Without stronger protections, though, people are fleeing the industry. Workers have told stories of people leaving care work to work at McDonald’s or other fast food jobs because it’s less demanding and they can expect a stable wage. The hope is that the new law will reduce turnover and even attract people to a high-demand job.
The legislation’s origins trace back to the state senate voting in 2017 to create a task force on the possibility of changing state law to mirror federal law for home care and domestic workers. That task force became a two-year effort that produced two different reports.
Advocates ensured that at each of the listening sessions convened to inform the report across the state, lawmakers were invited to talk to their constituents and participate in them. Even Republicans came to the listening sessions. That turned into a bipartisan appetite for action. “They all realized they’d probably all been a caregiver [usually in an informal capacity] and [are] likely to need one as well,” said Adrienne Smith, president and CEO of the New Mexico Direct Caregivers Coalition. “They saw themselves in the people who came to the listening sessions, and that changed their minds.” Republicans were also drawn to the issue out of a desire to provide more support for disabled veterans and to save the state money by helping people remain in their homes.
Chances for successful legislation were boosted when Democratic Gov. Michelle Lujan Grisham, whose background includes work on elderly care, was elected to replace Republican Susana Martinez. (Grisham has indicated that she will sign the bill into law.) Democrats hold a majority in both chambers of the legislature. Smith said the time was right to push for legislative change. “We just felt like, ‘Hey, everything’s aligned here this year finally,’” she said.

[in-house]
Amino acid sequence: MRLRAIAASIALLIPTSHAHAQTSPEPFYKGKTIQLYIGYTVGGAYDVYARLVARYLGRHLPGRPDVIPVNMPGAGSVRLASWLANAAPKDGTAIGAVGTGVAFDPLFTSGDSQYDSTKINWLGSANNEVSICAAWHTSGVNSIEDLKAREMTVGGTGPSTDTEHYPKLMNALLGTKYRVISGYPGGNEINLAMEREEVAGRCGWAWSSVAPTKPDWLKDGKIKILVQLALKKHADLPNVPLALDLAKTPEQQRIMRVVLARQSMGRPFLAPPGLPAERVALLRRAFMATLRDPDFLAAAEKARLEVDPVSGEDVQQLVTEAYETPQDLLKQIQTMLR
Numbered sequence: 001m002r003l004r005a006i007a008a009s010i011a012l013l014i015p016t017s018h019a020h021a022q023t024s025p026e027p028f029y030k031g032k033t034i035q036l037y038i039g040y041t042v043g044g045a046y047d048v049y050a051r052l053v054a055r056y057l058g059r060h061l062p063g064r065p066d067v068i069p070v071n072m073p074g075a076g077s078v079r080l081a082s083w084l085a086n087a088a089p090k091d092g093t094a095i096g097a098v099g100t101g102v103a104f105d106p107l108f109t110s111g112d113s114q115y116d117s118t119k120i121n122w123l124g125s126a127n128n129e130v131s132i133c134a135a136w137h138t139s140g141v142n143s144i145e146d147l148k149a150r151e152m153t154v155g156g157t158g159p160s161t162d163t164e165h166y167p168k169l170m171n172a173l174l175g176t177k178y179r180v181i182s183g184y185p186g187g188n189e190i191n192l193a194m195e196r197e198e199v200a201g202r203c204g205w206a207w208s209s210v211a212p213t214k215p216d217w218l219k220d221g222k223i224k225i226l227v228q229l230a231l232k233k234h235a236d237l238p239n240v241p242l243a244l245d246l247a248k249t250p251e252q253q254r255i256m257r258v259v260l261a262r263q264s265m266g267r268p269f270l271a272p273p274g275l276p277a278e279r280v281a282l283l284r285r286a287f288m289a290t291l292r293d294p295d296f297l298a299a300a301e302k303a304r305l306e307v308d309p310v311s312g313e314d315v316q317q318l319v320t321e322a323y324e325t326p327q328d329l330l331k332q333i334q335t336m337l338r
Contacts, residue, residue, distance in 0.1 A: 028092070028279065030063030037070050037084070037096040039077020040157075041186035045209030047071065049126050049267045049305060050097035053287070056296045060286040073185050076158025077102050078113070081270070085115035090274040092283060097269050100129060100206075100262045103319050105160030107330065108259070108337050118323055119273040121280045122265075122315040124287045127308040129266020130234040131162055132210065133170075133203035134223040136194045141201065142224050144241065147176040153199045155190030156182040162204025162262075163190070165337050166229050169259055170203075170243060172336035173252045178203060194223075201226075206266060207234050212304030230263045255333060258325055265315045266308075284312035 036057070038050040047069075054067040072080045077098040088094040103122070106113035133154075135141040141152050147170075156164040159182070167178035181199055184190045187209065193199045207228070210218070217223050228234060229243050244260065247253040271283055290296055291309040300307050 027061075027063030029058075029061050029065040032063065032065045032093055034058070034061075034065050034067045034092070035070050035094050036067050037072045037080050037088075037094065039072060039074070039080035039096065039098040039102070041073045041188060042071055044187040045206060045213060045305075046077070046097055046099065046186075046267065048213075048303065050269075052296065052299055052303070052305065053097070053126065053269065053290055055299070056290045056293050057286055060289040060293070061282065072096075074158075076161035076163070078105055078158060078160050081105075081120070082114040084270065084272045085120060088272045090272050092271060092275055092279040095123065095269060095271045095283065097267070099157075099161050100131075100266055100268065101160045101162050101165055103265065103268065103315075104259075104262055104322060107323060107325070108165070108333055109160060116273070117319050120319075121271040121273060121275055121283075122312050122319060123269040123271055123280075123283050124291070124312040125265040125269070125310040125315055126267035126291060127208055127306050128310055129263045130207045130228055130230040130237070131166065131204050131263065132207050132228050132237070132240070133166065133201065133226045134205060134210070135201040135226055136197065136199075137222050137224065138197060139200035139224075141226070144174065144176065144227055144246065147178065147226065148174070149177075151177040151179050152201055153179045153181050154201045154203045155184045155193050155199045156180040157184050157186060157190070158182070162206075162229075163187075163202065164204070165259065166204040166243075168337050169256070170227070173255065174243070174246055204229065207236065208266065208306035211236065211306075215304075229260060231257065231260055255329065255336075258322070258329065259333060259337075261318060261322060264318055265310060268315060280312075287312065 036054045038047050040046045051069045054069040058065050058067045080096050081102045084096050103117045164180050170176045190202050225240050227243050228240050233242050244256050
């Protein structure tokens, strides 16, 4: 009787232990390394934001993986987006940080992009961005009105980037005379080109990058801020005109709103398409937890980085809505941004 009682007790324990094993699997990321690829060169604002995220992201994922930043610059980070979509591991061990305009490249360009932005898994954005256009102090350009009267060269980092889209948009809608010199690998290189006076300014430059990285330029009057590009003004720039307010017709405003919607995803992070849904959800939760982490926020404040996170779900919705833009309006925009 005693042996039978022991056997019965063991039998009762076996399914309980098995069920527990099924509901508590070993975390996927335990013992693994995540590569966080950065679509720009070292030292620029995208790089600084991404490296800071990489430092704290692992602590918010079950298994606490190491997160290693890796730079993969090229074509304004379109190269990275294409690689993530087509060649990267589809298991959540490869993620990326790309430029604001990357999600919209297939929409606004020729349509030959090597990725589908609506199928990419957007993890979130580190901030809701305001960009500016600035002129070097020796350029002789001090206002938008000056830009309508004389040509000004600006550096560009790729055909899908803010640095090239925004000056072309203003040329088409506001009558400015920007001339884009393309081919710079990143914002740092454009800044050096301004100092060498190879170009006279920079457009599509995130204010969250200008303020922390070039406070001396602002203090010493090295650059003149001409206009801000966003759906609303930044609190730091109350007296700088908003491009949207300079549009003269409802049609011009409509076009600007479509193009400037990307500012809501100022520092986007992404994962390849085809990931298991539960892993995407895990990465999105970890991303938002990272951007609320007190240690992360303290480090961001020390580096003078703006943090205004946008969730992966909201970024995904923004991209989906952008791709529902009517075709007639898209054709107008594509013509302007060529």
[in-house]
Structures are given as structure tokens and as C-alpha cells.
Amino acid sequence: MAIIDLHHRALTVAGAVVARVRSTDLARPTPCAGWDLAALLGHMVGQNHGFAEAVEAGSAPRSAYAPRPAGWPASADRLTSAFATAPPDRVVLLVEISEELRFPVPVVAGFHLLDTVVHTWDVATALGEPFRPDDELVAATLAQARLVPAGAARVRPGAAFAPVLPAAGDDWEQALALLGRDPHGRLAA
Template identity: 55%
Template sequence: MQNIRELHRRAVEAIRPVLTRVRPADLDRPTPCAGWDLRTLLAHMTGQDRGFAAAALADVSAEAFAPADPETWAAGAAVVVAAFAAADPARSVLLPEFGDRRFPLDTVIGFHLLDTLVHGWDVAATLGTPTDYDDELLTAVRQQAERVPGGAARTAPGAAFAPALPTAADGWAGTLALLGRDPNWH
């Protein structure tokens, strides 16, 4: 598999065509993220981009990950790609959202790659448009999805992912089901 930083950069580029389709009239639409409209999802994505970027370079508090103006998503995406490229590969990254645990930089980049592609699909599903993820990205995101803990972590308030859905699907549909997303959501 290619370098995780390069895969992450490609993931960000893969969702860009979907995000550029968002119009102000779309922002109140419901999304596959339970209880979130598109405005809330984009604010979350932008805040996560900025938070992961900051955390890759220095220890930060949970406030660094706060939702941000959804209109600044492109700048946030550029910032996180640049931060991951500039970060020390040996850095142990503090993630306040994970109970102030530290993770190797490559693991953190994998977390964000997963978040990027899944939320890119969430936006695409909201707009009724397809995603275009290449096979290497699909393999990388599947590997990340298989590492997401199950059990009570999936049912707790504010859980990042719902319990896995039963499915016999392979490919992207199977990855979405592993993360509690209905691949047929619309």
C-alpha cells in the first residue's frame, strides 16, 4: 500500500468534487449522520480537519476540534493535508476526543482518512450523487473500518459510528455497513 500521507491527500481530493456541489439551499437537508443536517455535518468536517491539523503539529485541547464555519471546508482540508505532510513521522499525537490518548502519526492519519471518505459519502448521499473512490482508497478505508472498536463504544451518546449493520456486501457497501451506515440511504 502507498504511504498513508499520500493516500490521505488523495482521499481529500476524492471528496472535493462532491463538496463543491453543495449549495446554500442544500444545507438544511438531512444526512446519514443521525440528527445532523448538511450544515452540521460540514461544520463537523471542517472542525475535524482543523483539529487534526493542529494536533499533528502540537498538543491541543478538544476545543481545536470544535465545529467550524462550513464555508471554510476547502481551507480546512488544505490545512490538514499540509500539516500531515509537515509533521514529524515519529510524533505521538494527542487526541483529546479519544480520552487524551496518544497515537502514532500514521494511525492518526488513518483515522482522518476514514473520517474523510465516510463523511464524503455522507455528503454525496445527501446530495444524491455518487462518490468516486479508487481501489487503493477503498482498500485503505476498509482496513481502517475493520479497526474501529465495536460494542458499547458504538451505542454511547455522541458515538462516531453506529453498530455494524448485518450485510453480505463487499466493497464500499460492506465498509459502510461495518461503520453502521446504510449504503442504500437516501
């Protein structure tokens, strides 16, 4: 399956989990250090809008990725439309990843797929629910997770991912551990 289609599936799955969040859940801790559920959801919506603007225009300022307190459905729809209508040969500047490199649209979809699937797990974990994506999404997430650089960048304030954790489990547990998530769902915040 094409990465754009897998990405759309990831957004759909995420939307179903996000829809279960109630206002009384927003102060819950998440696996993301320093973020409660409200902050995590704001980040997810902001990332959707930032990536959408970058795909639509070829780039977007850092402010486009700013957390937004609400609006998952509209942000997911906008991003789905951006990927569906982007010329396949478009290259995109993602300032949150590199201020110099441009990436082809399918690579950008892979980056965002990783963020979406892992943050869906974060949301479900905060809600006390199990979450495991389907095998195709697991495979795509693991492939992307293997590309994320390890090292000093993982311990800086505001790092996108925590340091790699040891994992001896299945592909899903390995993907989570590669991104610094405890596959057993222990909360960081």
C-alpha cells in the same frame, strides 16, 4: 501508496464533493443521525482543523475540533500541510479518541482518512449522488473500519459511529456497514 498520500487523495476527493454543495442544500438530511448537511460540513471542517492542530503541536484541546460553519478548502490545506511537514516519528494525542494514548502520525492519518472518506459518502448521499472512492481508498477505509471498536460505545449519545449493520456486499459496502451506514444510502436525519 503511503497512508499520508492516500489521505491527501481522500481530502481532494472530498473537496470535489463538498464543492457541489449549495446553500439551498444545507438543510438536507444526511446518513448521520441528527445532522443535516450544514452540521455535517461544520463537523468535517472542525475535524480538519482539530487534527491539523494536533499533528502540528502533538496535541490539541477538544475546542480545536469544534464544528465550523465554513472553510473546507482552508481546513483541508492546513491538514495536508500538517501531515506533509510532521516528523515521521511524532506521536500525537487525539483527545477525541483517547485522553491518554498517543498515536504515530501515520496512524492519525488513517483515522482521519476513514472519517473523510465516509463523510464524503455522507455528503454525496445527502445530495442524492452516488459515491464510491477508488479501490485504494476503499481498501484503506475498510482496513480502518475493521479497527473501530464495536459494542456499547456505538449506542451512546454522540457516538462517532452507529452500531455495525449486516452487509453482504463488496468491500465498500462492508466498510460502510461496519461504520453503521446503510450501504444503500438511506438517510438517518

The significance is huge. Domestic workers were excluded from the original Federal Labor Standards Act in 1938 to placate Southern lawmakers who didn’t want Black people included. “We just haven’t caught up with the days of slavery,” Smith pointed out. “There’s a whole class of workers who, because of the color of their skin … weren’t allowed to make what everybody else was making.” This legislation is a big step toward righting that wrong.
The state is building on the momentum offered by federal action. Beyond including these workers in existing labor laws, Sen. Kamala Harris and Rep. Pramila Jayapal announced the first-ever federal bill of rights for domestic workers in November. That kind of action “makes it a lot easier at the state level to push for these reforms,” Welch said. It also helps that national moments like #MeToo have brought attention to the devaluation of what is usually women’s work, given that state advocates are fighting for better rights for an overwhelmingly female workforce. “Excluding them from wage protections is a part of devaluing women’s work and of caretaking work,” Welch said.
In turn, advocates in the state hope that their legislation can prompt other places to make change. “Hopefully we can contribute to that momentum in other states,” Welch said. “It would be great if we could all continue to work together to make it happen other places.”